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  2. I had a difficult horse once and my trainer told me he would teach me to ride really well. I didn't really believe her until I swapped horses with someone (who wanted to try riding my boy) in a lesson. The other person struggled BIG time, couldn't make him do anything and was extremely frustrated. Me, on the other hand, felt like I was on auto pilot - her horse did everything, all by himself. ...and it made me feel much better as a rider. Take difficult as the complement to your riding that it is. It doesn't mean Spider is bad, he's just challenging you ride at the top of your game.

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  3. Haha. Those soybean fields would get awfully crowded.

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  4. Glad you rode in the clinic instead of me - I would have been toast - a bunch of times. Nice to read about it, though!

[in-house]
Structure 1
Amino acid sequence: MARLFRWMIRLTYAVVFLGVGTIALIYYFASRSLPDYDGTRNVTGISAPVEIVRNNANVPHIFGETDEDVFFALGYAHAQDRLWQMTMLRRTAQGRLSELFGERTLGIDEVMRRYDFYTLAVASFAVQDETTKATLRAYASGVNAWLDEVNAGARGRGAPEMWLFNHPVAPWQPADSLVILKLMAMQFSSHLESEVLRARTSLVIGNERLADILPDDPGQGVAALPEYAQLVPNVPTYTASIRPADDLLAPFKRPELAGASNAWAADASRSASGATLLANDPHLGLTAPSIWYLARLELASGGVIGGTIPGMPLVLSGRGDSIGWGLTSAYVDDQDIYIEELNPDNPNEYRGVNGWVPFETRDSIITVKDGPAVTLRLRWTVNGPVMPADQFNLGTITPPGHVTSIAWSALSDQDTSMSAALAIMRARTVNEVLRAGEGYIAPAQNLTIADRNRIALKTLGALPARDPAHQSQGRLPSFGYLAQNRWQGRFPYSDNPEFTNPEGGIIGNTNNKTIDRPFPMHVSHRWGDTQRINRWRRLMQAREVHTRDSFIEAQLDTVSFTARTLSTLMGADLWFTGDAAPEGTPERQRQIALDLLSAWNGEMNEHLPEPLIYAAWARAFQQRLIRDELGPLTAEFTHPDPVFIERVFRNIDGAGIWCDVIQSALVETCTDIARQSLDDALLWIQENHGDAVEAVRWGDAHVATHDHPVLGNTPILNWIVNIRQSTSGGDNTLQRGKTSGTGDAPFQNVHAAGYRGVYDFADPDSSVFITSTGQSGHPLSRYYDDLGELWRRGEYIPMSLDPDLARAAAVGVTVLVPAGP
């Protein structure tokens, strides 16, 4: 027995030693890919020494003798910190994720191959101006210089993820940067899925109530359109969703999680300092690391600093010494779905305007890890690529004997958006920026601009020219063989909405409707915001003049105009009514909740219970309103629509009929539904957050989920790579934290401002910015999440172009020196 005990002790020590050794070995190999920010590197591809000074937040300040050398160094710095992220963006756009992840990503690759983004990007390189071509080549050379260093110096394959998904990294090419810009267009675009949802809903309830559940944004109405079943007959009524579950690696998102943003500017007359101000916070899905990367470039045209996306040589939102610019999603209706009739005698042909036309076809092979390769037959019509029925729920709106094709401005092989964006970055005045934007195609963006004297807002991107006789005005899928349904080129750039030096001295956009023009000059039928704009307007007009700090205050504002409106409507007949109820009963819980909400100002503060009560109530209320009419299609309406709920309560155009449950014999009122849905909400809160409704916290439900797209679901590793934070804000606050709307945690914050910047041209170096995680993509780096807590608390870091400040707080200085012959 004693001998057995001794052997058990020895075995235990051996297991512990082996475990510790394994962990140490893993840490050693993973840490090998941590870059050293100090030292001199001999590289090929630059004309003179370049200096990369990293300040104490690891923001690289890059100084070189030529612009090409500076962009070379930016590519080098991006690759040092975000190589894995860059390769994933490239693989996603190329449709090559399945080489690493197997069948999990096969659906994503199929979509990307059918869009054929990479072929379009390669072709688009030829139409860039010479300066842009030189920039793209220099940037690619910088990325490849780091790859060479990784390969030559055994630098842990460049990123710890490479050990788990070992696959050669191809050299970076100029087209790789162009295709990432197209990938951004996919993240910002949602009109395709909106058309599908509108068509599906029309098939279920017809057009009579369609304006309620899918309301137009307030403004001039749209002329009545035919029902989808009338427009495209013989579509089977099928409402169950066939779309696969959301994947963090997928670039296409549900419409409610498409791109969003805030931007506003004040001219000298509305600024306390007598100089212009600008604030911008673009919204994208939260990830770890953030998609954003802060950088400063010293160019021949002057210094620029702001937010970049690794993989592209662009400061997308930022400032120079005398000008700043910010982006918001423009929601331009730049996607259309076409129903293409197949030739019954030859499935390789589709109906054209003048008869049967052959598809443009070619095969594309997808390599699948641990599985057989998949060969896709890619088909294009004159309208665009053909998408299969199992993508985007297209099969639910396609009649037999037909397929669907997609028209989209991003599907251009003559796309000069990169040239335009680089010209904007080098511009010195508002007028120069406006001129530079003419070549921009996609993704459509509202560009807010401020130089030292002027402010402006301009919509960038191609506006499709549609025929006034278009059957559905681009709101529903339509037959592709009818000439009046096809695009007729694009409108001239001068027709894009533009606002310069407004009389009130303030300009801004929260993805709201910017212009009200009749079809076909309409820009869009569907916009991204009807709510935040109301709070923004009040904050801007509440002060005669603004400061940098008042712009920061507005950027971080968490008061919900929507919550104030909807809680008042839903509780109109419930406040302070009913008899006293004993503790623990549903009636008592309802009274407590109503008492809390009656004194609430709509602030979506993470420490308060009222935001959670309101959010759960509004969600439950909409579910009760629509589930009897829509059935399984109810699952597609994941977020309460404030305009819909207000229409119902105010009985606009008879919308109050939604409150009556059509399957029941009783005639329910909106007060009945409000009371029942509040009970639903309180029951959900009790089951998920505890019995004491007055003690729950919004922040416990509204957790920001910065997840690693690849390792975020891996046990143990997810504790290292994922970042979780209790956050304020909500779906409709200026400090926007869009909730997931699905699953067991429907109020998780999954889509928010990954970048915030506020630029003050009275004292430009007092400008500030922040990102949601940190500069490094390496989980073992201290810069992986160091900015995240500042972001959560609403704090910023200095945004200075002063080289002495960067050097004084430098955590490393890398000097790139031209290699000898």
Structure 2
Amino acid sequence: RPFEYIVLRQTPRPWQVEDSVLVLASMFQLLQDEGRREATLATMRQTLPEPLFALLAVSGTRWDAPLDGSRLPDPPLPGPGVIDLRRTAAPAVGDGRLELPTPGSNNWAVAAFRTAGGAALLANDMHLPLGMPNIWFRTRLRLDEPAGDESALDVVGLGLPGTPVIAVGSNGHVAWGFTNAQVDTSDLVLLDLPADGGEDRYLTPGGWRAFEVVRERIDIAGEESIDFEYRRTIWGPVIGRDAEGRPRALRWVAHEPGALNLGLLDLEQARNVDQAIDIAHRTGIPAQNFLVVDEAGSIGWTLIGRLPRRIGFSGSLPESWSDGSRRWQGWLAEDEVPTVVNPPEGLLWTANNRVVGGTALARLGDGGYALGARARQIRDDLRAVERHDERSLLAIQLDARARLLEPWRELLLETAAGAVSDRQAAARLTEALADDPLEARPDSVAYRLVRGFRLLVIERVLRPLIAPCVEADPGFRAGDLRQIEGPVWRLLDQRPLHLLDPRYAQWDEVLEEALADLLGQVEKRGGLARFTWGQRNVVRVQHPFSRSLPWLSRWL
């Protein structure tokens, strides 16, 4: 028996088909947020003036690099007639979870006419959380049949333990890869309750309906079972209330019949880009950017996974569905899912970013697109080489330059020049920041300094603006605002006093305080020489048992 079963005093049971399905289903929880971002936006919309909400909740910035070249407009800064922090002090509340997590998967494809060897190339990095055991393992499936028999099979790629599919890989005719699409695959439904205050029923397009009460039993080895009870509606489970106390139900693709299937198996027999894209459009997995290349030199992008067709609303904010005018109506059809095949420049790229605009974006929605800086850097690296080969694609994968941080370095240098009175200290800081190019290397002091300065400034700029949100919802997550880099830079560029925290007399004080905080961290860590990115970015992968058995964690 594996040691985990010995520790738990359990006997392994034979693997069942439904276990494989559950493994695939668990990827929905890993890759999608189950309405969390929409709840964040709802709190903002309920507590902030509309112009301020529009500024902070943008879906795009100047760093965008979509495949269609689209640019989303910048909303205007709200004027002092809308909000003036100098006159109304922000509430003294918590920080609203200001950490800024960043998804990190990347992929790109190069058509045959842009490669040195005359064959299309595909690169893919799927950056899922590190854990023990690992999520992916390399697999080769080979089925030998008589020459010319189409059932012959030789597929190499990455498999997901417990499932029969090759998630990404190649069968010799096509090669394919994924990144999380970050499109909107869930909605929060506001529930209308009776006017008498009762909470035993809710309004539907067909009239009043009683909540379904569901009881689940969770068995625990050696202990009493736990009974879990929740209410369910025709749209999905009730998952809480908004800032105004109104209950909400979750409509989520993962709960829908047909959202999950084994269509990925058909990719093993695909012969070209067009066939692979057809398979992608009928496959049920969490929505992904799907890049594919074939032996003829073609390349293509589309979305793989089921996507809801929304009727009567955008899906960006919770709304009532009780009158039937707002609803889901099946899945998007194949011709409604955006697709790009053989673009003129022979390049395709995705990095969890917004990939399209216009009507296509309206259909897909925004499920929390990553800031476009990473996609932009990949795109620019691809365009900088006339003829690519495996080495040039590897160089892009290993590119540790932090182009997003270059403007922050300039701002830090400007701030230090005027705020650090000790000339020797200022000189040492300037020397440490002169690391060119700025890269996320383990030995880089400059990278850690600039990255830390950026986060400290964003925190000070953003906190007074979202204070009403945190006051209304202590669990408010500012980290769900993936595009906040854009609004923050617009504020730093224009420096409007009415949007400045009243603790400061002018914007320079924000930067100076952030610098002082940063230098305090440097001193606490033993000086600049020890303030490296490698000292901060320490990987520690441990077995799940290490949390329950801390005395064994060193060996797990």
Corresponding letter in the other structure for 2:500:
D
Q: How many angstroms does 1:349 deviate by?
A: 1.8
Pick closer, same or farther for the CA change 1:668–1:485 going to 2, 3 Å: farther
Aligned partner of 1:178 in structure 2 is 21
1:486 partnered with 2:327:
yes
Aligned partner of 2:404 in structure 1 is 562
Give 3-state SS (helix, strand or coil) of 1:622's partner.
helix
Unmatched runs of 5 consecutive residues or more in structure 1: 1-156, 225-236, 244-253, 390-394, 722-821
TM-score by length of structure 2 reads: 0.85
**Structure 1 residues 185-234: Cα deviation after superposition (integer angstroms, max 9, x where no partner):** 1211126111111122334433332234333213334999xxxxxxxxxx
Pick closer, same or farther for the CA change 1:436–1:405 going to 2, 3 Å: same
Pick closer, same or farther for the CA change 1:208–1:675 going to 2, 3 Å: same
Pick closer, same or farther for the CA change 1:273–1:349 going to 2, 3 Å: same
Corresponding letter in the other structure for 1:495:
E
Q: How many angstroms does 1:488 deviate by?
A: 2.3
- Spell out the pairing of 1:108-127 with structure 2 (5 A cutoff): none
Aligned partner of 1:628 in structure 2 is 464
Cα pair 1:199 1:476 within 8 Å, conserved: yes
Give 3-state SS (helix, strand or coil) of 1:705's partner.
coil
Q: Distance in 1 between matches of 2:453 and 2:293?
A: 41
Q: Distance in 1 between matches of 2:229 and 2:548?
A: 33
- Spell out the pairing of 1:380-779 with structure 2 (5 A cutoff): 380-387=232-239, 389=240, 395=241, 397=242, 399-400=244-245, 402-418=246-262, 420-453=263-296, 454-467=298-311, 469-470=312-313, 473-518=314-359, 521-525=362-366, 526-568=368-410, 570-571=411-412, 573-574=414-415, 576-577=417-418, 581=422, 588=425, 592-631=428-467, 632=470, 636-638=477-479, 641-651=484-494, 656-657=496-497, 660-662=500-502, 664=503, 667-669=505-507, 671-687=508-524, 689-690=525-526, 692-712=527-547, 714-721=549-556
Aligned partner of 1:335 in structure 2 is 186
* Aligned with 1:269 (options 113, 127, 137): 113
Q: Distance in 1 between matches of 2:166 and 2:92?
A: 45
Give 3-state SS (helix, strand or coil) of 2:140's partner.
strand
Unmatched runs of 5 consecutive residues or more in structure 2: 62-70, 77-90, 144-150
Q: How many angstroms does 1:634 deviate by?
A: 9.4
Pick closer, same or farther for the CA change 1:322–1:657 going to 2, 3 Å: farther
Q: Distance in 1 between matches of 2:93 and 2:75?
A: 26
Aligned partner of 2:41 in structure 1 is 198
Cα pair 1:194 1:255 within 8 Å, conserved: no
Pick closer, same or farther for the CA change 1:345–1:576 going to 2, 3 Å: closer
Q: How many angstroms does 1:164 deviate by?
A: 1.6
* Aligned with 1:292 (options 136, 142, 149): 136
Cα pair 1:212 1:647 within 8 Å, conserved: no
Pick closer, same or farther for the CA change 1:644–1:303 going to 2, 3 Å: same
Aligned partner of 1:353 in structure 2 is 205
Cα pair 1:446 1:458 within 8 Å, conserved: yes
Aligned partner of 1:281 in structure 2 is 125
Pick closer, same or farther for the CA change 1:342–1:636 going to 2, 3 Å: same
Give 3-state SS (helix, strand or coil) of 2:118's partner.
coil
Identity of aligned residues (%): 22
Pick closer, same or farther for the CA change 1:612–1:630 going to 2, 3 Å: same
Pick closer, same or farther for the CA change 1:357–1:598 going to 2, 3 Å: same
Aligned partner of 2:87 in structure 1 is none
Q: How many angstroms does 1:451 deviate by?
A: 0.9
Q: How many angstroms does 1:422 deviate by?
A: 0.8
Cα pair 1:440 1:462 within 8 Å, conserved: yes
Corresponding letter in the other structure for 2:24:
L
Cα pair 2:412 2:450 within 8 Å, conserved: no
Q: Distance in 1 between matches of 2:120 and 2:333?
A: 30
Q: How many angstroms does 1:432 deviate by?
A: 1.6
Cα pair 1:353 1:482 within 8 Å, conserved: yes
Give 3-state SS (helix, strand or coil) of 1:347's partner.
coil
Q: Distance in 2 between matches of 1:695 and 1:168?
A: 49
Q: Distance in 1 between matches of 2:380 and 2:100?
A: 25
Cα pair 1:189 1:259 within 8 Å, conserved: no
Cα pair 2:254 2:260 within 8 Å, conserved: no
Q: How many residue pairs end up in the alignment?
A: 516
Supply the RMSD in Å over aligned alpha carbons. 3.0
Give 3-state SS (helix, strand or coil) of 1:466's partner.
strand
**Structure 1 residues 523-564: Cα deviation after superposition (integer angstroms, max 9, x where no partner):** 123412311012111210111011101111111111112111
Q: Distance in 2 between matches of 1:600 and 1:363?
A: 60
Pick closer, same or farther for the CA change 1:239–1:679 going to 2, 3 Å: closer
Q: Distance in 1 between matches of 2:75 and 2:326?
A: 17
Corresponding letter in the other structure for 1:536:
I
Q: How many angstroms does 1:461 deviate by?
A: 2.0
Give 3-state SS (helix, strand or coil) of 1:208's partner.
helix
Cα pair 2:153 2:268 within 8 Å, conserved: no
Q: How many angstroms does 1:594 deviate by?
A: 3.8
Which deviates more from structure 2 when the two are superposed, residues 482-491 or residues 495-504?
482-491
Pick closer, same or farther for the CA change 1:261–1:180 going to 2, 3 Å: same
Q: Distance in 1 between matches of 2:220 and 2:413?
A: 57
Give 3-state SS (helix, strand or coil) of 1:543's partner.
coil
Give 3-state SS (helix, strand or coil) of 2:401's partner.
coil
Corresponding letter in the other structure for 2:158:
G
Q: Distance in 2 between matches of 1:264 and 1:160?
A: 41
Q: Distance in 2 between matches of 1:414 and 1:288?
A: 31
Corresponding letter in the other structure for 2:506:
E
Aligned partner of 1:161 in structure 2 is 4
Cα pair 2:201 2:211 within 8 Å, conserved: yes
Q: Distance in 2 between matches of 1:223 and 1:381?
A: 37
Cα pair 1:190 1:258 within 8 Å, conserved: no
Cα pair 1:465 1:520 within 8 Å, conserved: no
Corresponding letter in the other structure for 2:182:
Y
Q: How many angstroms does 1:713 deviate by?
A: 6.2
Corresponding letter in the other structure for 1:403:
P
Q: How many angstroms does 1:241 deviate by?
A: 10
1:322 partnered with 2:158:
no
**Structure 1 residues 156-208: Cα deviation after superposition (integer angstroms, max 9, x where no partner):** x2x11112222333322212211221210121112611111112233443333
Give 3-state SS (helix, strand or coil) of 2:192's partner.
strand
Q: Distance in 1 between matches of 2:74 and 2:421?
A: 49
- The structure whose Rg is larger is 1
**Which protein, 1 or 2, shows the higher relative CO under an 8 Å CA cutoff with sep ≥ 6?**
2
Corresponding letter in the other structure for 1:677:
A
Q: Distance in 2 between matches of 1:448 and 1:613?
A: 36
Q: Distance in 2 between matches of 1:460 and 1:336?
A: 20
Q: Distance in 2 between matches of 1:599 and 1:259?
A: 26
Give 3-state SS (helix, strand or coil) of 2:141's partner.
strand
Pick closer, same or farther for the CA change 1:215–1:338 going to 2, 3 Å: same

I've had several difficult horses, and they've made a huge difference to my riding - and my horsemanship.

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  5. sorry i'm a little stuck on visualizing you and Spider floating away on perfectly classical unicorn farts.... lol!!

    seriously tho, what awesome takeaways. and perhaps by accepting that your horse *might* be a smidge on the tougher side, you're able to relieve yourself of some pressure when things don't go quite right. and i agree that auditing seems to be the way to go for a lot of BNT clinics, tho i hope to eventually ride in a few too

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  6. I would want to know why he saw my horse that way. It does show what an awesome rider you are.

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  7. The difficult horses challenge us as riders and people. Riders with "easy" uncomplicated horses never really learn the lessons the rest of us (with difficult horses) learn. You have done a fantastic job with Spider and Arthur was complimenting you by recognizing your skill. Let the soybeans flourish without the extra fertilizer.